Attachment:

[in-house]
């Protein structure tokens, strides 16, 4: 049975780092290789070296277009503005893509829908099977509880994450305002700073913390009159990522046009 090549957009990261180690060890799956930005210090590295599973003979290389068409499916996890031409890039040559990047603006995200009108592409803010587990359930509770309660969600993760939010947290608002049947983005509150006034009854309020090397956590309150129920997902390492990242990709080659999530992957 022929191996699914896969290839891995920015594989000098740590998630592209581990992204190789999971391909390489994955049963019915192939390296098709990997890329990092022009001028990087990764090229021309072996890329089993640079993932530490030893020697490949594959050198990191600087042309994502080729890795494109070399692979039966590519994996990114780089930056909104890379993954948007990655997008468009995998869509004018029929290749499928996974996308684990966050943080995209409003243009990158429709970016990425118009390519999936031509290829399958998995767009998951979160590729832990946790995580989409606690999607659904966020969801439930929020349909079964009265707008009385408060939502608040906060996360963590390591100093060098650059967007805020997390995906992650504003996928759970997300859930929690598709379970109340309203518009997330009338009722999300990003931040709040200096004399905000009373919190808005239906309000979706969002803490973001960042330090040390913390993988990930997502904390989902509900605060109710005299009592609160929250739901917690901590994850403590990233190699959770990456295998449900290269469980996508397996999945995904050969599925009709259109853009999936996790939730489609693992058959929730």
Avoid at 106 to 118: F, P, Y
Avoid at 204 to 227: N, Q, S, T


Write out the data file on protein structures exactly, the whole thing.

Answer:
[in-house]
């Protein structure tokens, strides 16, 4: 049975780092290789070296277009503005893509829908099977509880994450305002700073913390009159990522046009 090549957009990261180690060890799956930005210090590295599973003979290389068409499916996890031409890039040559990047603006995200009108592409803010587990359930509770309660969600993760939010947290608002049947983005509150006034009854309020090397956590309150129920997902390492990242990709080659999530992957 022929191996699914896969290839891995920015594989000098740590998630592209581990992204190789999971391909390489994955049963019915192939390296098709990997890329990092022009001028990087990764090229021309072996890329089993640079993932530490030893020697490949594959050198990191600087042309994502080729890795494109070399692979039966590519994996990114780089930056909104890379993954948007990655997008468009995998869509004018029929290749499928996974996308684990966050943080995209409003243009990158429709970016990425118009390519999936031509290829399958998995767009998951979160590729832990946790995580989409606690999607659904966020969801439930929020349909079964009265707008009385408060939502608040906060996360963590390591100093060098650059967007805020997390995906992650504003996928759970997300859930929690598709379970109340309203518009997330009338009722999300990003931040709040200096004399905000009373919190808005239906309000979706969002803490973001960042330090040390913390993988990930997502904390989902509900605060109710005299009592609160929250739901917690901590994850403590990233190699959770990456295998449900290269469980996508397996999945995904050969599925009709259109853009999936996790939730489609693992058959929730």
Avoid at 106 to 118: F, P, Y
Avoid at 204 to 227: N, Q, S, T